I was thinking this past Sunday about the practice of making the Sabbath holy. I had the idea that I would try to make the remainder of the day a time of rest. (I started thinking about it on Sunday--there's the first clue that I wasn't going about it right, but better to enter into the thought process late than never, yes?) I've heard enough sermons or read enough articles to know that the Sabbath is about more than putting my feet up; it's to be a day of "resting in the knowledge of who God is...." That's a beautiful phrase, one you can spend a portion of your Sabbath mulling. And I guess that's what I really wanted to do on Sunday. I wanted the God part of the day to go beyond church, to spill into the whole day. And then the kids want to play with so-and-so, and Luke needs new shoes for indoor soccer, and so life gets in the way.
What does it really mean for our family to observe the Sabbath?
For some, just making a habit of going to church every week is a beginning. For others, it may mean more.
I've heard/read lots about it. I've heard how a husband and wife actually observe a 24-hour period on separate days, because it works better for them. He takes it from Sunday afternoon into Monday afternoon, she takes it on a different day. Something about that doesn't sit right for me. When do the kids do it? But don't I sound all high and mighty...after all, we don't do it at all. I mean, we sort of do. We keep Sundays low-key. On purpose. But I think lately, I'm hungering for something more meaningful.
Maybe it's because I've been studying and reading Old Testament scriptures lately, I'm not sure, but I've just been wanting to get everything God has for me, and the idea of Sabbath is where I landed. I got out my copy of Mudhouse Sabbath, by Lauren Winner. She grew up in a Jewish home, converted to Orthox Judaism and then later became a Christian--she tells that story in her book Girl Meets God--but this little book, well, here's what she says:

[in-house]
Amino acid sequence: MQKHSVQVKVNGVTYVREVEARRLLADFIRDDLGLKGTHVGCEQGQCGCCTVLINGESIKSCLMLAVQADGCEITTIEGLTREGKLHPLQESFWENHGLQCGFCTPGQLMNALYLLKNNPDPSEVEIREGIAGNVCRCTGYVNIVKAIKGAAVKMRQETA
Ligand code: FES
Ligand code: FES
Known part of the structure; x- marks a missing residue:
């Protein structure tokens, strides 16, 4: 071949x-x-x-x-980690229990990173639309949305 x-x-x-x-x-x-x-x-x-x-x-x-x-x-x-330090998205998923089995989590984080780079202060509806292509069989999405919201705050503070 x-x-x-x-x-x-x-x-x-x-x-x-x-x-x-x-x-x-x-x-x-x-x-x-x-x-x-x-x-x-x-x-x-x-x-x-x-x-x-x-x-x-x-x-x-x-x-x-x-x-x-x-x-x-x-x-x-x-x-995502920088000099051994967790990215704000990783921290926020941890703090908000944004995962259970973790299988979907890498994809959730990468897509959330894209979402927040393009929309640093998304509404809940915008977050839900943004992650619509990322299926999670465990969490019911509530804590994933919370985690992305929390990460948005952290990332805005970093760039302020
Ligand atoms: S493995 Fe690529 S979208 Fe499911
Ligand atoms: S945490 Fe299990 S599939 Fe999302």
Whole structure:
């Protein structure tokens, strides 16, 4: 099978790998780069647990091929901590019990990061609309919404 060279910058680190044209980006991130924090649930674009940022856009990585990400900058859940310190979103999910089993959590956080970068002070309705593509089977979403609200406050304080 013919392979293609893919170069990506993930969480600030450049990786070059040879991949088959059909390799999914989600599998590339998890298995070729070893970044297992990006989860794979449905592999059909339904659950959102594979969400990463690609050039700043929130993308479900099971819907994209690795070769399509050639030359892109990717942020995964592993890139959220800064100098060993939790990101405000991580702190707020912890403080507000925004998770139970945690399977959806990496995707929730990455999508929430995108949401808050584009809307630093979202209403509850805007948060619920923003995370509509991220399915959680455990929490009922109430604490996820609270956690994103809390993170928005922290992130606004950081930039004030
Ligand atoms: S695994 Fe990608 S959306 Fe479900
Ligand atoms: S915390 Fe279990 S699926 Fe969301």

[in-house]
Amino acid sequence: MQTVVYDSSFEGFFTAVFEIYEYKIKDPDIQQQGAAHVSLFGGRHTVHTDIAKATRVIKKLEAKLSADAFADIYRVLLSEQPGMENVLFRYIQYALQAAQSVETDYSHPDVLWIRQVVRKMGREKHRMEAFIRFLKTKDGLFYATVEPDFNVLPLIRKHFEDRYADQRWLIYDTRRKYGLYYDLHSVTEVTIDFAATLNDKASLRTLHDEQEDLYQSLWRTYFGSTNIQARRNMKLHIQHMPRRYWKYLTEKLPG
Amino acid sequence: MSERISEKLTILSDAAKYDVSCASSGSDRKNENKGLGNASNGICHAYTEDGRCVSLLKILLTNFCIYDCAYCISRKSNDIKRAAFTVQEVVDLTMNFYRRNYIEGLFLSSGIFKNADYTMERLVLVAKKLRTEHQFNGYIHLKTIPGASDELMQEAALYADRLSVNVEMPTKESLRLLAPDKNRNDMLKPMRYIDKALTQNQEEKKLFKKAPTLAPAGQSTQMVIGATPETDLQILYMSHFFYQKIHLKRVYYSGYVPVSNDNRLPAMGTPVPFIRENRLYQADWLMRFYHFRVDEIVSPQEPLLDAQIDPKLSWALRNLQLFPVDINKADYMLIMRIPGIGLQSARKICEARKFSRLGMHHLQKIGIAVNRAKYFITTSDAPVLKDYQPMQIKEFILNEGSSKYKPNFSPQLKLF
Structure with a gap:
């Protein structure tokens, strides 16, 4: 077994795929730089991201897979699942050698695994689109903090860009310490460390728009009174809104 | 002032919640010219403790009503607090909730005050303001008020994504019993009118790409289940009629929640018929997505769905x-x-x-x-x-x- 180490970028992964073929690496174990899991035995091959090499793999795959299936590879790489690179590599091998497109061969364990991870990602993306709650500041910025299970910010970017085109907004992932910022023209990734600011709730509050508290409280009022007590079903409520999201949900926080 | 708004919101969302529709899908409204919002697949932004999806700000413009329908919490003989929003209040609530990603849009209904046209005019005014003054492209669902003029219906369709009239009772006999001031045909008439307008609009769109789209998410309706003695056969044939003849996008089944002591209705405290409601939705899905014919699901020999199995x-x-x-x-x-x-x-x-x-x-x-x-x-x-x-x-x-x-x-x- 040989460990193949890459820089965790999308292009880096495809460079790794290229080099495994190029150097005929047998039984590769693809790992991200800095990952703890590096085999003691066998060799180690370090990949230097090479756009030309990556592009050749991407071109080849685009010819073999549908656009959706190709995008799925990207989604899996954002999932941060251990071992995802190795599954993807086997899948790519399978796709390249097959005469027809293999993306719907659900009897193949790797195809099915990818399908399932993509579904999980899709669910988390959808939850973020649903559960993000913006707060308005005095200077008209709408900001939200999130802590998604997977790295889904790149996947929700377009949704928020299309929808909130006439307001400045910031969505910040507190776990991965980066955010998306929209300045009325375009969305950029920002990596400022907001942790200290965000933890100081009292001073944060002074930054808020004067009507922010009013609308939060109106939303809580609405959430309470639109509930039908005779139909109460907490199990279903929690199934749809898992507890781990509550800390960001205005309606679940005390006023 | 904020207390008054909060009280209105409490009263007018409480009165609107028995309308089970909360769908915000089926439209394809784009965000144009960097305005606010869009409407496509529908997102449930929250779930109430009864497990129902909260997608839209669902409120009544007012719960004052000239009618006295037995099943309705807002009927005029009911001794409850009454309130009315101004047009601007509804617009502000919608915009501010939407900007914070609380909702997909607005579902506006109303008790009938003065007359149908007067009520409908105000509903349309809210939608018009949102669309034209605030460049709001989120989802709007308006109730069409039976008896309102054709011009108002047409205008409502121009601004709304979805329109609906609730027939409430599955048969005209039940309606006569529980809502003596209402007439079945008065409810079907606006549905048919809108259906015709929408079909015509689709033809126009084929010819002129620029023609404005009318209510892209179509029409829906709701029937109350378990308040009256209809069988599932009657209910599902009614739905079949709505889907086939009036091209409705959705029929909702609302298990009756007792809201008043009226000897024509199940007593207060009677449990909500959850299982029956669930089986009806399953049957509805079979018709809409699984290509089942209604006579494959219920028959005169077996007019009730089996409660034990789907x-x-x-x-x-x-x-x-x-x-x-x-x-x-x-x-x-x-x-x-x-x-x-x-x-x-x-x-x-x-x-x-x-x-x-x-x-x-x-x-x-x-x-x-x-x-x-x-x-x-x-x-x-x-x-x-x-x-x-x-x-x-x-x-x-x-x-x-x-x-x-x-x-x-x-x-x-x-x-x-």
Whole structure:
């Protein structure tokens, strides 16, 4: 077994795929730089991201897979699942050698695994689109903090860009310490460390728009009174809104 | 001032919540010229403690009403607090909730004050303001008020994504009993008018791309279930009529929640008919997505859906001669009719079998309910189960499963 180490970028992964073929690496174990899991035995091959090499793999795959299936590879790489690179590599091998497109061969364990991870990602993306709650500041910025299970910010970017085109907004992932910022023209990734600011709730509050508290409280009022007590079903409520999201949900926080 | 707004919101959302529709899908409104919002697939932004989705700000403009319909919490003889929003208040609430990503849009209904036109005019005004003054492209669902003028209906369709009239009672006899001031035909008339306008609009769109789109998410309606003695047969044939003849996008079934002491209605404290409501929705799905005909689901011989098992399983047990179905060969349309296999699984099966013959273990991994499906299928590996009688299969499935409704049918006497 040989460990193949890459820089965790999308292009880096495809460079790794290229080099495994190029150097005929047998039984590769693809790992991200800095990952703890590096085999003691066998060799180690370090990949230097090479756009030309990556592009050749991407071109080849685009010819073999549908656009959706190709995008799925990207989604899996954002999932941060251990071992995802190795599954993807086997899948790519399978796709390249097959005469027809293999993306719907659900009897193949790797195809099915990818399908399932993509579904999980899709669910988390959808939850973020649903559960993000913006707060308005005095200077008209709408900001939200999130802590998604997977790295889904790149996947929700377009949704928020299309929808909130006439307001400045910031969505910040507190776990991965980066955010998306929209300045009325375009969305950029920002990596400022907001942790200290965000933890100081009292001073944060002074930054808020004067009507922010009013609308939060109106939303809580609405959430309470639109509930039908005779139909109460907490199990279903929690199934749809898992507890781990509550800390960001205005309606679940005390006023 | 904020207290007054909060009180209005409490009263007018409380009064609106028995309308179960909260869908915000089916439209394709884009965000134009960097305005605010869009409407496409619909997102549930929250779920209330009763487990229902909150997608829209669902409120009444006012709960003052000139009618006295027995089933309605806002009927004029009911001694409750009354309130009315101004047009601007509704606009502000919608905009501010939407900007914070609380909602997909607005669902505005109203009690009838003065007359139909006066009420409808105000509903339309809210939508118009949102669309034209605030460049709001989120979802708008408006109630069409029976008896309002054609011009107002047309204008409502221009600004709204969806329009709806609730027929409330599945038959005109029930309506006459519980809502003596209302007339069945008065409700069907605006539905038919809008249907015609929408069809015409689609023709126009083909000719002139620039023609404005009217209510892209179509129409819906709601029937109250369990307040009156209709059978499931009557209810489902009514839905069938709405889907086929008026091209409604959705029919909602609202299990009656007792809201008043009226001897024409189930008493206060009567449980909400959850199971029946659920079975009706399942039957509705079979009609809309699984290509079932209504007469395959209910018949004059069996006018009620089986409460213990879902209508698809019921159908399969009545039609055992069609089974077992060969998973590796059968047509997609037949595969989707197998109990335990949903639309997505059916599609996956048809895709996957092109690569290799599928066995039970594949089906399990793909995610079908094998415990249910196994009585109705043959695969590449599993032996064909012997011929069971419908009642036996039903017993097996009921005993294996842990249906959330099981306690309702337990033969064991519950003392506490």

"This is a book about those things I miss. It is about Sabbaths and weddings and burial and prayers, ritual Jews and Christians both observe, but also rituals we observe quite differently. It is about paths to the God of Israel that both Jews and Christians travel. It is, to be blunt, about spiritual practices that Jews do better. It is, to be blunter, about Christian practices that would be enriched, that would be thicker and more vibrant, if we took a few lessons from Judaism. It is ultimately about places where Christians have some things to learn."
She is quick to point out that practicing these disciplines does not earn us our salvation, but they are part of the way we are followers of Christ--disciples. I wish I could just quote the whole first chapter, but I can't. I wish I could find something that would just list out exactly how I ought to practice observing the Sabbath, but it doesn't work that way. I think what I get most from rereading Lauren's thoughts on the Sabbath is that it is not a day for me, it is for God, a day given to and spent imitating God. And it requires some preparation on my part. And so, how will this actually work, putting this into practice in our family setting, in 2008? Not sure yet, but I'm giving it some thought.